Wine as a Veblen Good?

Veblen good- The income effect of a price increase swamps out the opposing substitution effect, such that becoming poorer leads one to consume more of it.

Example: being poor and having to live mainly off cheap noodles.

Humans are status seeking monkeys. Same as it ever was.

I’m curious what we think the markup on Krug MV might be? Is it any different than an expensive blend bottled of MV wines (with old stock) from a respectable grower?

I’m not sure the “conspicuous consumption” angle is the right one to be applying. Certainly Veblen goods as I understand the term are not limited to goods purchased in whole or in part so that the buyer can signal “one percenter” wealth or sophistication to those who might see them with the good.

Rather, one of the main reasons wine (of all price points and production levels) is a Veblen good (as I understand the concept) is that a huge portion of wine buyers lack (or feel that they lack) the expertise/information necessary to make a quality assessment of one wine vs another and thus will accept the price of the wine as an indicator of its quality much more than they will with other goods as to which they are more confident making quality judgments for themselves.

Thus, someone who normally buys $8/mag supermarket bulk wines but who reaches for the $8/750 supermarket bulk wine further down the shelf when company is coming over, not because they’ve had both and like the latter better, but because the latter is presumed to be “the good stuff” due to it being twice the price, is demonstrating wine’s Veblen status much more than an expert wino who has tasted multiple vintages of Dom or Krug or Cristal and has formed an opinion as to which of those three he or she prefers for a splurge bubbly and shops accordingly.

Of course, someone on an expense account who knows nothing about Champagne but orders the most expensive one to show off for the client is also demonstrating wine’s Veblen status, but it’s not limited to those types of scenarios.

It’s more about giving your money to one of the richest people in the world that made their money by selling notoriously over priced chintzy shit.

That strikes me as a fun topic, but also a different topic, than wine as a Veblen good.

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I’d add a thumbs up and a heart if I could. I just searched LVMH and spewed out my new thoughts on an old thread…

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That’s not what a Veblen good is, though. A Veblen good is a product which becomes more in demand as its price rises; the quality is constant. For many (most?) products, there is normally a positive correlation between cost and quality of similar products, so in the absence of other information, it is not unreasonable to assume that the more expensive product is of higher quality. A Veblen good is a product that will sell 100 units at $X each, but 200 units at $1.5X each.

There is a longstanding debate in economics as to whether there are any real Veblen goods. The point of a Veblen good is that some people are willing to buy if the product is exclusive and doesn’t have perceived substitutes (except maybe other Veblen goods); the exclusivity will draw demand. This is why Veblen goods are associated with luxury products.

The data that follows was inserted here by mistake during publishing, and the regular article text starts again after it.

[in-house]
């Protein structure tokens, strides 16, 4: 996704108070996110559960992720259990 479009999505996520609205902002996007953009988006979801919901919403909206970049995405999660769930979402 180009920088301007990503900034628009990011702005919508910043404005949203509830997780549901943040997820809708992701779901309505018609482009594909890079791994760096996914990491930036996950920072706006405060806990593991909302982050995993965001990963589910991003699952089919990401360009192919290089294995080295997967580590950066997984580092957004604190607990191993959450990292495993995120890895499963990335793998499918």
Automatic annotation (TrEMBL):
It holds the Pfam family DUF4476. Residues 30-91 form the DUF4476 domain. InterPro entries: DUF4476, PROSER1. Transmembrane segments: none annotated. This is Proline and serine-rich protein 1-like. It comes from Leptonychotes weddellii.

Increasing the price of a good to what the market will bear also does not make a product a Veblen good. Cristal would sell more bottles at $200 rather than $300, but (i) maybe they can sell every bottle they produce at $300 or (ii) they may have concluded that it would maximize its profits if it moved fewer bottles at $300. In either case, that doesn’t make Cristal a Veblen good.

Yes, I understand that.

A better example than the mag switcher is perhaps someone who never spends less than X on a bottle of wine and as such, never buys Funky Label Cabernet because it costs less than X, but suddenly starts buying it when it raises its price to something more than X.

The points I was trying to get across were:

  1. Veblen goods are not limited to super-expensive items bought to demonstrate/show off the buyer’s “one percenter” status; and

  2. Wine’s status as a Veblen good (if it is one) is often thought to derive from the psychological phenomenon I described above - and that any good is more likely to be a Veblen good if consumers feel they lack the ability to make price-independent judgments of a good’s quality and thus turn to price instead.

But yes, the concept is that if your wine is selling poorly at $18, just raise the price to $30 and see if sales (by volume) go up. If they do (and there are plenty of anecdotes that this happens with wine, at least in certain price bands), then you have a Veblen good.

Of course, if that doesn’t work, put an animal on the label.

While we are on economics geek out , this reminds me there is a winemaker in Veneto called Gini, making fine Soave Classico. However their wines are affordable so it’s not exactly. nominative determinism.

I don’t want to get into this too much, but again, using price as a proxy for quality does not make the more expensive product a Veblen good. One of the conditions for a Veblen good is that the quality of the product and near-perfect substitutes is known, and people are still willing to spend more for the more expensive product despite the availability of the identical or nearly identical product at a cheaper price.

To use your example, the $30 wine would only be a Veblen good if the person who bought it in the first place, liked it, went back to the store to buy more, and would buy more bottles of that wine at $30 than at $18. That’s the test of whether something is a Veblen good.